We all know how important getting a good night’s sleep is, but sometimes it isn’t so easy to do. It’s possible that you may be unknowingly sabotaging your sleep with what you are eating and drinking.
Foods that hurt sleep
For all the reasons that we drink coffee in the morning, we should do our best to limit it at night or switch to decaf. Caffeine’s stimulant effects can make it hard to fall asleep. Don’t stop at coffee when looking for caffeine. With the increase in “energy” products, caffeine can be found in a variety of other foods and drinks including tea, soda, bars, chocolate, gum and other candies. It is best to avoid them within a few hours of bedtime. Heartburn and other types of indigestion can also disrupt sleep and tend to get worse when we lie down. Large meals and specific triggers, like spicy or high-fat foods, can increase indigestion and make it hard to sleep.
Foods that help sleep
You’ve probably heard that turkey makes you sleepy, but it is really true? Sadly, no. Even though turkey contains tryptophan, which in our bodies helps with relaxation, eating it won’t help us sleep. The sleepiness we sometimes feel after Thanksgiving dinner is more likely due to overeating – it takes a lot of energy to digest that big meal! What about a warm cup of milk? No real science behind this one either. What may help with sleep, however, is a relaxing bedtime routine. If enjoying a warm cup of milk or a cup of caffeine-free tea helps you to relax, then that could help with sleep, even if it is just the placebo effect.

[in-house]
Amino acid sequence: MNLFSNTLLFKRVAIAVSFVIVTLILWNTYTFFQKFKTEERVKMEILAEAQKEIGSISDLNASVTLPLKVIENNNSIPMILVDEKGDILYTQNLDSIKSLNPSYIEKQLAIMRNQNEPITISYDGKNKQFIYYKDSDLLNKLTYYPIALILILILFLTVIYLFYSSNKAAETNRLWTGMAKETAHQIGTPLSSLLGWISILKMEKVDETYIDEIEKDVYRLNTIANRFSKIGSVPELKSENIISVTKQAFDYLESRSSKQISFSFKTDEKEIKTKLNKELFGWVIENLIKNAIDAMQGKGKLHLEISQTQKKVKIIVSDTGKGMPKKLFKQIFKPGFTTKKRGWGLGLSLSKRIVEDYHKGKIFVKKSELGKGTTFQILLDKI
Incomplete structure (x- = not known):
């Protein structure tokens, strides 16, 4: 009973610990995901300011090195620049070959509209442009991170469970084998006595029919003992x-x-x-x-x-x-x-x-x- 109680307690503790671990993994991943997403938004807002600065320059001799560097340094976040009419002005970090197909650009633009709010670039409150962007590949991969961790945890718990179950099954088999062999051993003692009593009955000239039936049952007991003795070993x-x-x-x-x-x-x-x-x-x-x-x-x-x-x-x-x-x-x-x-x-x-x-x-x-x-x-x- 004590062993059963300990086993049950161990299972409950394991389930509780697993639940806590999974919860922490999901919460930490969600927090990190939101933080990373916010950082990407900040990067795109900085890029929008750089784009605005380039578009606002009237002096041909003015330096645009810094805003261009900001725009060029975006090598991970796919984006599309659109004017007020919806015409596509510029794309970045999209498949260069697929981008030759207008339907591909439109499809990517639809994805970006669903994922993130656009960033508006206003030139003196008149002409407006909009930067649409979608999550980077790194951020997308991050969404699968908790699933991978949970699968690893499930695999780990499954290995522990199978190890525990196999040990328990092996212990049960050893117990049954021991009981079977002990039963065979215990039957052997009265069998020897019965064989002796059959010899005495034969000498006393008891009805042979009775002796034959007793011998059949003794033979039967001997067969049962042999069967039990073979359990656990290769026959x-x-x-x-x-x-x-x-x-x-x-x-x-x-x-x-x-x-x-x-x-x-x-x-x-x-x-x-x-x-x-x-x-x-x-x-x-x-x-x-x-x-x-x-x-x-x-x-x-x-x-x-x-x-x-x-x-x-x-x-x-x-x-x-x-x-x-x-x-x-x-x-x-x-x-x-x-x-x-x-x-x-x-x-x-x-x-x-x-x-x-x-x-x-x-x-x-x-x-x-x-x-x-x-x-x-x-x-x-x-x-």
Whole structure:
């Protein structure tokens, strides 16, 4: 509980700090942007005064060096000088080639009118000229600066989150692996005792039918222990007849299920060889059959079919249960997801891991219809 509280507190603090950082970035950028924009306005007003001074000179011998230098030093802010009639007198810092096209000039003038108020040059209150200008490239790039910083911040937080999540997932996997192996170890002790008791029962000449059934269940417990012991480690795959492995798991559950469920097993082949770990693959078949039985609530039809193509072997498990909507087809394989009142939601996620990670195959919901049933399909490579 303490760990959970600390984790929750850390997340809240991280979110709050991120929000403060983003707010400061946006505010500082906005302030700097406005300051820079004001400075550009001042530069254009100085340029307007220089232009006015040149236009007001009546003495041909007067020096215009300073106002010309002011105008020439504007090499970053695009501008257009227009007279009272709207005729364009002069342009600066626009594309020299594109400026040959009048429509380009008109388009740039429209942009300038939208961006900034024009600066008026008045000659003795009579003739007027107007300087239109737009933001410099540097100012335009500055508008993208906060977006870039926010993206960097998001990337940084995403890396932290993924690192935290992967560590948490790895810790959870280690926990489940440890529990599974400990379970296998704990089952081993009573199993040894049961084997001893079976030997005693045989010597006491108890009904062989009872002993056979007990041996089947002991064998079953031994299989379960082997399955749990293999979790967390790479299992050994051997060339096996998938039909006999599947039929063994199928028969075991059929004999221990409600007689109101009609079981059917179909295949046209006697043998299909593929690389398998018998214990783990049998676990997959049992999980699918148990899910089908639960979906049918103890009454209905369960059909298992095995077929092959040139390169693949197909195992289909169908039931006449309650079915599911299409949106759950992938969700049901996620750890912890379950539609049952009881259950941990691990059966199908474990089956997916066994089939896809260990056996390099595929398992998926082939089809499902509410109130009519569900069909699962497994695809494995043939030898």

Other tips for better sleep
According to the National Center on Sleep Disorders Research, some of these other tips are worth trying. Stick to a sleep schedule—Go to bed and wake up at the same time every day. Avoid caffeine and nicotine. Don’t exercise too late in the day. Avoid alcoholic drinks before bed. Don’t take a nap after 3 p.m. Relax before bed—for example, take a hot bath. Create a good sleeping environment. Get rid of distractions such as noises, bright lights, an uncomfortable bed, or a TV or computer in the bedroom. And finally, see a doctor if you have continued trouble sleeping.
1. The National Center on Sleep Disorders Research, National Heart, Lung, and Blood Institute of the National Institutes of Health. https://www.nhlbi.nih.gov/about/org/ncsdr/